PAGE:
‘The root cause of the issue is thought to be that the card issuers are classifying Klarna’s instalments product in a way that allows them to levy a cash advance fee according to their own terms and conditions. 

‘Klarna is working with providers to try and resolve this issue as soon as possible, but it will need to be a combined effort, as we are unable to solve it alone.

‘If a customer has been charged a fee, we advise them to contact their bank and raise a dispute. 

‘We also advise that they should change the card associated with their instalments account. By changing the card to an alternative provider, this will stop the issue.’

This is Money also contacted John’s credit card provider Tesco Bank.

Where else could you be stung? 

While those using a credit card to make buy now, pay later instalment payments may be unaware they could be charged extra fees, this isn’t the only way they could be charged extra.

Various activities, including making cash withdrawals using credit cards and gambling – though this will be banned from April – can land a cardholder with a hefty ‘cash transaction’ fee.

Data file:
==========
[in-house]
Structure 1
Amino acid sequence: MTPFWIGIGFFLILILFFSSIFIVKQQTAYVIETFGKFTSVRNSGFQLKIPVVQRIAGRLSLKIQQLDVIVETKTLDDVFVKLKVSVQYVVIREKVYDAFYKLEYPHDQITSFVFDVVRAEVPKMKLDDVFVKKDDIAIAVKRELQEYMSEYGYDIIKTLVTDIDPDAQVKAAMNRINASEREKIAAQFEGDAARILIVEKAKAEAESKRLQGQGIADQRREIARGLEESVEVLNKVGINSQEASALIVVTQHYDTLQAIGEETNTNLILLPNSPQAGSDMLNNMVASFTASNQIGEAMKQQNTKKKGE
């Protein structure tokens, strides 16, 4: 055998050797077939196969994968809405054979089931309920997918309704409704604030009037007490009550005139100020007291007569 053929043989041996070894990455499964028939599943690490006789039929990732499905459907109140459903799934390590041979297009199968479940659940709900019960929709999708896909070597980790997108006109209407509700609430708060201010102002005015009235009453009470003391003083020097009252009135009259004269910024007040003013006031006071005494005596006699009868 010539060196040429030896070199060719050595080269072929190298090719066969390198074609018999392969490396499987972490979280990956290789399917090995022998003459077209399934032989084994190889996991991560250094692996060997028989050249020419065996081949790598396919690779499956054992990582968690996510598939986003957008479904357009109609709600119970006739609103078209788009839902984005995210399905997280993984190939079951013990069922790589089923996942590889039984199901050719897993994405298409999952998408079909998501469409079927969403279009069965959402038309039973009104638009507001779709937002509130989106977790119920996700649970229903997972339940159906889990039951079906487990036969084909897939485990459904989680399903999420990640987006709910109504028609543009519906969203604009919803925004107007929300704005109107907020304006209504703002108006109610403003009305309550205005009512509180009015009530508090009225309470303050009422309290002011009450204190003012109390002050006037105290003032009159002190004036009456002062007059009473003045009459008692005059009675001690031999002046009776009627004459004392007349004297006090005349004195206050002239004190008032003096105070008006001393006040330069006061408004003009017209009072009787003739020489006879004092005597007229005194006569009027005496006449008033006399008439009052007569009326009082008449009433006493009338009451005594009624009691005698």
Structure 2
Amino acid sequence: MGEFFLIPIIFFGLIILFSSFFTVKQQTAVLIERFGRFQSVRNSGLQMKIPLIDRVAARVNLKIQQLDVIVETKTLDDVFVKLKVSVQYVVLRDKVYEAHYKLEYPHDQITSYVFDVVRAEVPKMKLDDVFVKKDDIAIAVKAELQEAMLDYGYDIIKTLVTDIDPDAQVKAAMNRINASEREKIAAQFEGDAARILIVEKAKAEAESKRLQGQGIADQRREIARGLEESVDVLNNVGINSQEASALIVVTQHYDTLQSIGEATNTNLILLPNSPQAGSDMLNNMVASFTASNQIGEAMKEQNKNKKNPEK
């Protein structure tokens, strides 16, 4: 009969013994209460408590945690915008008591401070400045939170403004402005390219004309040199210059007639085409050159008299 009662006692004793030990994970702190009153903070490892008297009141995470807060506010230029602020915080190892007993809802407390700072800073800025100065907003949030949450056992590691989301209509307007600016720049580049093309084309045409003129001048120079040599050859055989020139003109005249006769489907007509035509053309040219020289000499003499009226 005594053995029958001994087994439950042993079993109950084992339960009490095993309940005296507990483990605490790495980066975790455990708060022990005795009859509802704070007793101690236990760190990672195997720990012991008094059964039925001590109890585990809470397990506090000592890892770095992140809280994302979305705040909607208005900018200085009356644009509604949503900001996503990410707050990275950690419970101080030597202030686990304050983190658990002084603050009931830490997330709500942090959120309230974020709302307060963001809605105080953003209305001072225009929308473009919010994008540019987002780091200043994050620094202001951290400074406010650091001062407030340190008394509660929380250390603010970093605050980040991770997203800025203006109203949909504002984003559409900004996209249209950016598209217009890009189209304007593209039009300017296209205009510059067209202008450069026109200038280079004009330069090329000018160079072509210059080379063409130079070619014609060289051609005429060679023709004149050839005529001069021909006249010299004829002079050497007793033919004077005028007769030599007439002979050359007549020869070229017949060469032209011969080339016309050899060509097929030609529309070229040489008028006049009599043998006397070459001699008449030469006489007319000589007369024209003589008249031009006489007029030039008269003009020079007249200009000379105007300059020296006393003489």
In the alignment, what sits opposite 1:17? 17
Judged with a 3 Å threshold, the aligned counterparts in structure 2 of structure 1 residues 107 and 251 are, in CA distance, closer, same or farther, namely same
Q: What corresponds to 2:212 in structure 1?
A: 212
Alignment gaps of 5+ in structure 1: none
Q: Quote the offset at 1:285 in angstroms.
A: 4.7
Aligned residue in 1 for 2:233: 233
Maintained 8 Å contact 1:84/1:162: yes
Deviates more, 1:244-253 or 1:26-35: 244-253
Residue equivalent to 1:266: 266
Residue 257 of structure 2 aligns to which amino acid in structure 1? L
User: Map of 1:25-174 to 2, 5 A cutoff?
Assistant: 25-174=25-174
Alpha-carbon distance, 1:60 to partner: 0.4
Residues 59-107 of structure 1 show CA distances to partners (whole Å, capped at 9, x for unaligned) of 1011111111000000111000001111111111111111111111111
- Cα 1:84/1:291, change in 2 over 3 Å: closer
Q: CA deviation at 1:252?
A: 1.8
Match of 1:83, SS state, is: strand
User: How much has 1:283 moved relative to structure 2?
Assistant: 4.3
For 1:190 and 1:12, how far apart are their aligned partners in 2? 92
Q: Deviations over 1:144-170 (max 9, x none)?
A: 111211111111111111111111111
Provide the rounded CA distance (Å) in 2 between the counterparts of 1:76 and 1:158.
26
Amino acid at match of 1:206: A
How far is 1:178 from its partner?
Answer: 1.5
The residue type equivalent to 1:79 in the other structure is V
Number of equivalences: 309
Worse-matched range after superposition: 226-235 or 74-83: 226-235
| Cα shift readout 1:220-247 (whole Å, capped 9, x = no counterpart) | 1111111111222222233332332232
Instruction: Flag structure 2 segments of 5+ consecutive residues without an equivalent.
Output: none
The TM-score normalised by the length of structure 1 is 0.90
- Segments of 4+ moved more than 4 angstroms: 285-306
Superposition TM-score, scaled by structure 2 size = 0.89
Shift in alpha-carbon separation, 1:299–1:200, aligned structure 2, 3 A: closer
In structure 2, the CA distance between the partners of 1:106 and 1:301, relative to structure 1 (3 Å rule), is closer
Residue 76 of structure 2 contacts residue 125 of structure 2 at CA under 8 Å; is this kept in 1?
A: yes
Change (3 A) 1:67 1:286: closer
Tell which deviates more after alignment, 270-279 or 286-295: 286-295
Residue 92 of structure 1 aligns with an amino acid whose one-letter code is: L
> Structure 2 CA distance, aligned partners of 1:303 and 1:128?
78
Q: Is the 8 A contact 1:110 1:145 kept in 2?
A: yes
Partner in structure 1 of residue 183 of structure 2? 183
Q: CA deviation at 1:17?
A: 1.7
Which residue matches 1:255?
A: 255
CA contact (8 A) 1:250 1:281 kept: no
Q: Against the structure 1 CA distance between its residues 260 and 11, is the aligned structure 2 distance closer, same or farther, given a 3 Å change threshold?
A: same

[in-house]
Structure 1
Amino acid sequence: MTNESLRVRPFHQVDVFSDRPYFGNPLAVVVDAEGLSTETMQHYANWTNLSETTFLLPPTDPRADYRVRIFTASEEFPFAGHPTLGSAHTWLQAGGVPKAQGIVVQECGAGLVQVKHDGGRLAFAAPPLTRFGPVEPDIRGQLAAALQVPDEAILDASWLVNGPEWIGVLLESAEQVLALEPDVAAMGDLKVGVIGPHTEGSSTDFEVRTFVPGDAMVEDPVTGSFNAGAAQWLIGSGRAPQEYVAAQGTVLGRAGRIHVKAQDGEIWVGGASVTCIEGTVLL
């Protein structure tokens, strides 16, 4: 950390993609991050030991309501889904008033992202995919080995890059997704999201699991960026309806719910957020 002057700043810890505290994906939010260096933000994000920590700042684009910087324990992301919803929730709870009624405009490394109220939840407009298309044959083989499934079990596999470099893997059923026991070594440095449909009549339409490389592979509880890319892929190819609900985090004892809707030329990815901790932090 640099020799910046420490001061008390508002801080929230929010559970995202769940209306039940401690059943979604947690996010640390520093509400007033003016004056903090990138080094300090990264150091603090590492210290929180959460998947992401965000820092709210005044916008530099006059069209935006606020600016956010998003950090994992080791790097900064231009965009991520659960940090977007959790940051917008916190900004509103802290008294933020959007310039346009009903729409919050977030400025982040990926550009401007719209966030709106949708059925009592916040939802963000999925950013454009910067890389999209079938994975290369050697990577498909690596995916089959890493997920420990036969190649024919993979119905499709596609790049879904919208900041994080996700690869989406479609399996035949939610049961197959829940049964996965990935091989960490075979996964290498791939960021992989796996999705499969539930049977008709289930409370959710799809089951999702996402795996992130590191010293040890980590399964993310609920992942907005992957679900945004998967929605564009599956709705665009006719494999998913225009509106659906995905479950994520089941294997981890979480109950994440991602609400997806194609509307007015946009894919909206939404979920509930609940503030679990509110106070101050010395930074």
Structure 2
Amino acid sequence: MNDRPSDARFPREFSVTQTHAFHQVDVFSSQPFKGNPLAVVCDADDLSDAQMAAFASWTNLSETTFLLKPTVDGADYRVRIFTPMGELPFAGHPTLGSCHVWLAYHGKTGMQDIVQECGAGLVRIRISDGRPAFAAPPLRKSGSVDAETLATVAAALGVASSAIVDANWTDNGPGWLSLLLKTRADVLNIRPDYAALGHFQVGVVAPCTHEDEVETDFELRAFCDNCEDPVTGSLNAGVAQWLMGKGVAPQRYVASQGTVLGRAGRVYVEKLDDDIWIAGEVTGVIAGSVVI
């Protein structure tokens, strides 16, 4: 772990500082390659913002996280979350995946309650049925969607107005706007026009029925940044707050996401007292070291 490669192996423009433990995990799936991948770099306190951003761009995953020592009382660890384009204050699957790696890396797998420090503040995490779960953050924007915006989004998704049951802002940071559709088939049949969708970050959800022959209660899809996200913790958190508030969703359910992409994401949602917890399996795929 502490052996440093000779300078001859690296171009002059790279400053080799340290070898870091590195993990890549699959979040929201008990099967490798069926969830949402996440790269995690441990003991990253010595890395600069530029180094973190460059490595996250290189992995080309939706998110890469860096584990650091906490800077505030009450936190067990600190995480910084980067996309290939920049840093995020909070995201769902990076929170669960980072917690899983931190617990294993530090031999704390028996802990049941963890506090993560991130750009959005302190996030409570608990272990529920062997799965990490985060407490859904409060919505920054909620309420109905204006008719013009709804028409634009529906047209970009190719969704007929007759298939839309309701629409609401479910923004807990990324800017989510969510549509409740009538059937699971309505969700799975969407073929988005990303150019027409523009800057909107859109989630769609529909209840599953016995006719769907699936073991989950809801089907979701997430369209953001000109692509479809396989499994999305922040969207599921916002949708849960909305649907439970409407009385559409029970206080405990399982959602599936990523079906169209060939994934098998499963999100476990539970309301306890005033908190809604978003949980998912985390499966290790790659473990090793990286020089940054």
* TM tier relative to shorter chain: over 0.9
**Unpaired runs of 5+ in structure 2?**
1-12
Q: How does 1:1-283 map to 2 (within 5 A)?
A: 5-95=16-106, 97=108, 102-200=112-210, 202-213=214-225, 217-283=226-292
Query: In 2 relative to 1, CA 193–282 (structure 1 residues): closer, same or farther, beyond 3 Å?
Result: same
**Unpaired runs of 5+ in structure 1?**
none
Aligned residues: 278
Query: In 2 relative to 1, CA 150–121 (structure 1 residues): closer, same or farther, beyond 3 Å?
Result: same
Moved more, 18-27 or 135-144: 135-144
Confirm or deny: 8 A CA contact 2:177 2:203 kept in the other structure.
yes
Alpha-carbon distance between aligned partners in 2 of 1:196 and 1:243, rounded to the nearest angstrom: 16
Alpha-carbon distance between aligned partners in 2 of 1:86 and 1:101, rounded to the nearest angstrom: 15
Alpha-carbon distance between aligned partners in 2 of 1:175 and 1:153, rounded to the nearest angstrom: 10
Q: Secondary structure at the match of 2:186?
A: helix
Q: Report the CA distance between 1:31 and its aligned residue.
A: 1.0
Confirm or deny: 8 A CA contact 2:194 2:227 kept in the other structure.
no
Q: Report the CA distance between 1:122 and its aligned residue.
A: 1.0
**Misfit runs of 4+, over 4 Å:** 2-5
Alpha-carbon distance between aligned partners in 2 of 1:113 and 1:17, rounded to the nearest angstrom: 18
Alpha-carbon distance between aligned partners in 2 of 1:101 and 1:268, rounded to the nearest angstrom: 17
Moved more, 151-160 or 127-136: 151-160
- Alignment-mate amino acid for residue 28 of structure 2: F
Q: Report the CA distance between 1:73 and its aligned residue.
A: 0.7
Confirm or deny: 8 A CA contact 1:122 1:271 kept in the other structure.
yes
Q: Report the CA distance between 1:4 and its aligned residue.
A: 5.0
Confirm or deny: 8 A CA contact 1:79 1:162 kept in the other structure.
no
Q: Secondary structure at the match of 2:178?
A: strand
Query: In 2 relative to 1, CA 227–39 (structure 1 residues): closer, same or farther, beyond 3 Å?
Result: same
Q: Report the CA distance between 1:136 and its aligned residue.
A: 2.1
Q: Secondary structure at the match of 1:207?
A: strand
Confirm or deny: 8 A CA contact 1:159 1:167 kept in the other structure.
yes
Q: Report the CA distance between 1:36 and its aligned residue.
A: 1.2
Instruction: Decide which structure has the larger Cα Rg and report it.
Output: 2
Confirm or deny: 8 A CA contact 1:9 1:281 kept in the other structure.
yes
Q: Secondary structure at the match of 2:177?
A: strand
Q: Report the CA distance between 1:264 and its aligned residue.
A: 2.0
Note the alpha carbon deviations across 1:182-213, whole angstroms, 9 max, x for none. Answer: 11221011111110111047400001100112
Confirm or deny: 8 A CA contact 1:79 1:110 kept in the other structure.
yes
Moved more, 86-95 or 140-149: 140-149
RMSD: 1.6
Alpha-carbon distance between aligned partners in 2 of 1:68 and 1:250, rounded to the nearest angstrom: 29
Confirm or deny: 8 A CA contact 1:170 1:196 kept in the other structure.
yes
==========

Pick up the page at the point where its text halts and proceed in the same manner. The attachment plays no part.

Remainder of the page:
This is usually a set percentage fee, while cardholders are also charged interest from the moment these transactions occur.

Cash machine: Credit card providers made £219m in fees and interest from credit card users who made cash advance transactions - some cards charge over £6 for withdrawing £125

Cash machine: Credit card providers made £219m in fees and interest from credit card users who made cash advance transactions - some cards charge over £6 for withdrawing £125

Cash machine: Credit card providers made £219m in fees and interest from credit card users who made cash advance transactions – some cards charge over £6 for withdrawing £125

Research from personal finance site Moneycomms and credit comparison site Totally Money found cardholders incurred £219million in ‘cash transaction’ charges between December 2017 and November 2018.

Alastair Douglas, chief executive of credit comparison site Totally Money, said: ‘Credit card cash transactions can be a very expensive way to borrow. 

‘Not only are you usually charged a fee for each transaction, you’ll also start paying interest on the amount from the moment you make the payment. 

‘With regular transactions, you often get an interest-free buffer until your bill arrives, which won’t apply here.